Sentry Aloha pits fighter vs. fighter

  • Published
  • By Senior Airman Orlando Corpuz
  • 154 Wing Public Affairs
Residents in Hawaii may notice an increase in fighter aircraft activity as well diversity of airframes in and around the airspaces of the state as the Hawaii Air National Guard hosts its second large-scale  "Sentry Aloha" fighter exercise of 2015.

The exercise officially begins on March 5 and is scheduled to end on Mar 19.

Sentry Aloha exercises provide the Air National Guard, U.S. Air Force and DOD counterparts a multi-faceted, joint venue, with supporting infrastructure and personnel that incorporates current, realistic, integrated training to equip the warfighter with the skill sets necessary to fly, fight and win.

"Sentry Aloha provides a pivot to the Pacific, combining fifth-generation, fighter integration training with large force employment to provide joint, total force integration between the HIANG, Air National Guard, USAF, and other DOD counterparts in a current and realistic war fighting capacity." said Acting Director of Sentry Aloha, Lt. Col Kyle Mitsumori.

Sentry Aloha exercises are hosted and conducted by the HIANG several times per year, for decades. It has been growing in size and complexity following the HIANG's conversion in 2010 to the F-22 Raptor. For this exercise, F-15 Eagles from Oregon and Florida will be participating.  The Arizona Air National Guard has F-16 Falcons,  A-10 Thunderbolts, C-130 Hercules , and a KC-135 Stratotanker taking part.  ANG KC-135 refueling tankers will also be coming from Iowa and Maine.  U.S. Naval aviators will be flying variants of the F/A-18 Hornet from California out of Kaneohe Marine Corps Base, Hawaii. There are a total of 45 aircraft and over 1000 servicemen from seven states participating.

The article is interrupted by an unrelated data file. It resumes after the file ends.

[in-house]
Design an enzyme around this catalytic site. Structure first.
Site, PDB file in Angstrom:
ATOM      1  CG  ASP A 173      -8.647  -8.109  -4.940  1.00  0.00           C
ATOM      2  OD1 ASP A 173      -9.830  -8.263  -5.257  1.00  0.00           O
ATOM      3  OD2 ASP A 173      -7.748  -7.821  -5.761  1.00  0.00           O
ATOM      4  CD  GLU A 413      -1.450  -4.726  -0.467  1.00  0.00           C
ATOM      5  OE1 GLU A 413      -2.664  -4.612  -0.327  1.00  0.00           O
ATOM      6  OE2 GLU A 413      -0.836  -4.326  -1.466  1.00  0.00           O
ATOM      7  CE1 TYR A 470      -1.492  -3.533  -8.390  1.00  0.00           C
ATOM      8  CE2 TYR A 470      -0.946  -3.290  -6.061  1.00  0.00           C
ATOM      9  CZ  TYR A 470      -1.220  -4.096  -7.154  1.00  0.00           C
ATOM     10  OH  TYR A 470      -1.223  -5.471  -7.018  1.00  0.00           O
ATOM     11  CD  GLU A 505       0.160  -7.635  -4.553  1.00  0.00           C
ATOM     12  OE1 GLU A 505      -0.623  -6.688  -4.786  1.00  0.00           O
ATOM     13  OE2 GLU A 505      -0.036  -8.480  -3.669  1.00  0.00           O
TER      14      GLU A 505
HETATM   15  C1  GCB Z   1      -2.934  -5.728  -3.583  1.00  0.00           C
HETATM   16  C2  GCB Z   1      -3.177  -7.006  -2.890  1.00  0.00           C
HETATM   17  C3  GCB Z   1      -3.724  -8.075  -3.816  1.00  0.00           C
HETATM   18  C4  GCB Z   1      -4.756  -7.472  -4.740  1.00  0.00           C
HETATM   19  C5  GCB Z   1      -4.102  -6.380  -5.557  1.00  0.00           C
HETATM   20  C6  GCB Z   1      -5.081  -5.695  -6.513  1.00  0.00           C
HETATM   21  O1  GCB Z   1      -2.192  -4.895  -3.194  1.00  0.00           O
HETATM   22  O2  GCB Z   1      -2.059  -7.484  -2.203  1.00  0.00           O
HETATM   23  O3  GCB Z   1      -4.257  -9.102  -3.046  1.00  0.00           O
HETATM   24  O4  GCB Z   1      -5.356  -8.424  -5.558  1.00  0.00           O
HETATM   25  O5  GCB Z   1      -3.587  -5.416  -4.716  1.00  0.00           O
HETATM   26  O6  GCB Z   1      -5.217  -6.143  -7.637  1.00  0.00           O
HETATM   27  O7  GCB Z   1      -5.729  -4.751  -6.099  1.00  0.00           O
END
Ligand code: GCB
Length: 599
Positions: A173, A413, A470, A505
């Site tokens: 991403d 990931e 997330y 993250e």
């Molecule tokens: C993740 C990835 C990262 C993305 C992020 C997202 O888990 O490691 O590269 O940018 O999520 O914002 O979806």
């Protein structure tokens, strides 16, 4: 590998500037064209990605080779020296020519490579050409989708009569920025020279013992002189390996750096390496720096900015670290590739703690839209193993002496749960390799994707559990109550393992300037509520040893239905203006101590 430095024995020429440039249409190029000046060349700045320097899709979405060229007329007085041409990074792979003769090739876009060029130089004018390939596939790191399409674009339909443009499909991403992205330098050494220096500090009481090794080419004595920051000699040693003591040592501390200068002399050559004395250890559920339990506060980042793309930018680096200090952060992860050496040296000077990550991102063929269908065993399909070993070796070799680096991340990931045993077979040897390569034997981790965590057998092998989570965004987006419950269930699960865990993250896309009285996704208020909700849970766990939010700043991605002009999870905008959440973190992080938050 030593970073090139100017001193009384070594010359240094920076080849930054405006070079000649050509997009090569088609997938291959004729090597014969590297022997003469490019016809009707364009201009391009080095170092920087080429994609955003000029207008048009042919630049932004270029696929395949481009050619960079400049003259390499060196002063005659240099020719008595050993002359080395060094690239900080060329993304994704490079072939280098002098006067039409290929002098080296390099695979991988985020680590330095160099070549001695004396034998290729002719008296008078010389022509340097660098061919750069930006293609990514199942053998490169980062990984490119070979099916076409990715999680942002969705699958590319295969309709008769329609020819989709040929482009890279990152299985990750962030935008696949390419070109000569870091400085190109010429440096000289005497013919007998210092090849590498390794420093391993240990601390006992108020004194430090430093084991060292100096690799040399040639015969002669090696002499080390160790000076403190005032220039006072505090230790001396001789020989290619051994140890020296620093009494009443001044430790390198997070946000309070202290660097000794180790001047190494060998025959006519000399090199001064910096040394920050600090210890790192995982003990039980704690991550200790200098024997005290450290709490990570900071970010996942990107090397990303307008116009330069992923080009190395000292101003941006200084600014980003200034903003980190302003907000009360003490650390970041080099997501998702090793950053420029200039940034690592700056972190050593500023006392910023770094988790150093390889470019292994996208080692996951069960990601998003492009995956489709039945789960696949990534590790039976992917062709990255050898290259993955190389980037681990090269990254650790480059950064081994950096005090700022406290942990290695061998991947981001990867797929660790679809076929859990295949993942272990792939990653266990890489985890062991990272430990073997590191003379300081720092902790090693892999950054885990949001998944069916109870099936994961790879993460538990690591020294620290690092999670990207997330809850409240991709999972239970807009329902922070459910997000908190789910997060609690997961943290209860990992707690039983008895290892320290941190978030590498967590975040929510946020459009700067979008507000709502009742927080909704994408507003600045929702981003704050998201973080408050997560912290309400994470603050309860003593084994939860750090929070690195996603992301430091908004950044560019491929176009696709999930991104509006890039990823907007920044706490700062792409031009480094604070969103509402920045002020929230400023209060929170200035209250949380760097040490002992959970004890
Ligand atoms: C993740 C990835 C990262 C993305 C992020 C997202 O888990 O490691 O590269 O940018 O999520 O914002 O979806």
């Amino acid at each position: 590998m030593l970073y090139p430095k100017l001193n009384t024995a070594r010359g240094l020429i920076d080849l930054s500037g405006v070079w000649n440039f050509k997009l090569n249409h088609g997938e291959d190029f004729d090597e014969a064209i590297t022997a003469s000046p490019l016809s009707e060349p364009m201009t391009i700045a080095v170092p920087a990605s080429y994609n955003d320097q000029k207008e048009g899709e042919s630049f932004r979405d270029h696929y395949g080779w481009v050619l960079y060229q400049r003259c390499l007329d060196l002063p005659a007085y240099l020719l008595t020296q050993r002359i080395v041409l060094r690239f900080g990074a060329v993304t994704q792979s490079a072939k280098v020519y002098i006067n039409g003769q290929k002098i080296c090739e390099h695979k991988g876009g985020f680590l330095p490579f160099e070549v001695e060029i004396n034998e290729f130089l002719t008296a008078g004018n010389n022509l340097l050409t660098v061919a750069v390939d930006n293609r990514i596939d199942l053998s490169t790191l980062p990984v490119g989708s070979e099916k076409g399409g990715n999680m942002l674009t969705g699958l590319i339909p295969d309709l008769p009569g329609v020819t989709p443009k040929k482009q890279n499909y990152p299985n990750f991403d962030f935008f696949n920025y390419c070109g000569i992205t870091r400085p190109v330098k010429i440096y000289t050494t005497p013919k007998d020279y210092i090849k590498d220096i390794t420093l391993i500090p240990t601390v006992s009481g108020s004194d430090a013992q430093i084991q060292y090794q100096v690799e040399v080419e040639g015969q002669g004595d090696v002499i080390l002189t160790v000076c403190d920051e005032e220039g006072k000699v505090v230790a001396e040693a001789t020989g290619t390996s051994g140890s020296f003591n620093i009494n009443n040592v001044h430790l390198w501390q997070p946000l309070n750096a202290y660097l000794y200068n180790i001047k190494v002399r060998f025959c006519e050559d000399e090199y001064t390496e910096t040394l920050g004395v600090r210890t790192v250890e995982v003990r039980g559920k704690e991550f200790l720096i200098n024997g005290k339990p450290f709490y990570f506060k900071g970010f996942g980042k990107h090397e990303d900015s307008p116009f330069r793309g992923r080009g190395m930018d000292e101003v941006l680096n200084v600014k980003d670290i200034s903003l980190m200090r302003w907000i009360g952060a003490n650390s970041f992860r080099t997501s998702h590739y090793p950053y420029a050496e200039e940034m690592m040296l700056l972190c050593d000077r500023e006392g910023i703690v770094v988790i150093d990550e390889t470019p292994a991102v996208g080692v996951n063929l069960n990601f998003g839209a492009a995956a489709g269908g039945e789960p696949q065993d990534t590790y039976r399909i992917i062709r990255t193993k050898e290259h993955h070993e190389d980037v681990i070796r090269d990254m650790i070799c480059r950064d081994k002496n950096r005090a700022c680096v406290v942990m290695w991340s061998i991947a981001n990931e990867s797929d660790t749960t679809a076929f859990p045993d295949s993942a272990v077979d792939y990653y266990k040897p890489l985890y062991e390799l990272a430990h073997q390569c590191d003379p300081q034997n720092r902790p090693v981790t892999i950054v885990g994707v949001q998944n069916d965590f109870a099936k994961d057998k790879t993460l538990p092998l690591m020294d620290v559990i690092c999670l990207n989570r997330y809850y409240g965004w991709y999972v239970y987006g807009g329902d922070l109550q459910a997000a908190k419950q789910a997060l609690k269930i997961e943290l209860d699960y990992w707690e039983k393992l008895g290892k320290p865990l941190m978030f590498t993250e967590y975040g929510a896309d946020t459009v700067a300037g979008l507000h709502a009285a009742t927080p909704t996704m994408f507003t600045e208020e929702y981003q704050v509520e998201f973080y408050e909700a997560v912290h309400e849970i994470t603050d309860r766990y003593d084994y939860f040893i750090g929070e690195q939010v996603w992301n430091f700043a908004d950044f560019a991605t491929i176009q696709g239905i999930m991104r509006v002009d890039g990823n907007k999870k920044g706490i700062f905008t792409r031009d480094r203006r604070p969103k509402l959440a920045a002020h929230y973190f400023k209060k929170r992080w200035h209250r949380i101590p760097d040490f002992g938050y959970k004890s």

"Everyone participating and supporting is professional and well-trained. The biggest challenge is the enormity of coordination required to execute complex missions and the many moving parts involved" said Mitsumori.

"Sentry Aloha is hosted by the HIANG but to be successful at this level the HIANG relies on cooperation and support from the entire Ohana: Pacific Command, Pacific Air Forces, FAA, and many other agencies to make it all work.  Success is directly related to the HIANG's ability to properly coordinate and include all players in all phases of the exercise."

The HIANG and Active Duty Intelligence divisions, in concert with combat planners develop realistic scenarios consistent with current and future world situations.  Tactical unit weapons officers contribute to provide relevant and 'tip-of-the-spear' elements for maximum training.

"What's going on is a lot of our potential enemies and near peers have invested in that same force.  They learn from us, they watched us and are now starting to invest in the way that we are," said Col. Duke Pirak, acting vice commander for Hawaii Air National Guard's 154th Wing. "So while not commonplace at all now, large air wars will be potentially an integral part of a future war, a major battle."

Fighter dogfighting "hasn't happened on a scale that we see in these exercises -- and that's a good thing," said Pirak, explaining the conventional deterrent effect of the Air Force.

"There are a lot of folks that just simply don't want to tangle with us in that way."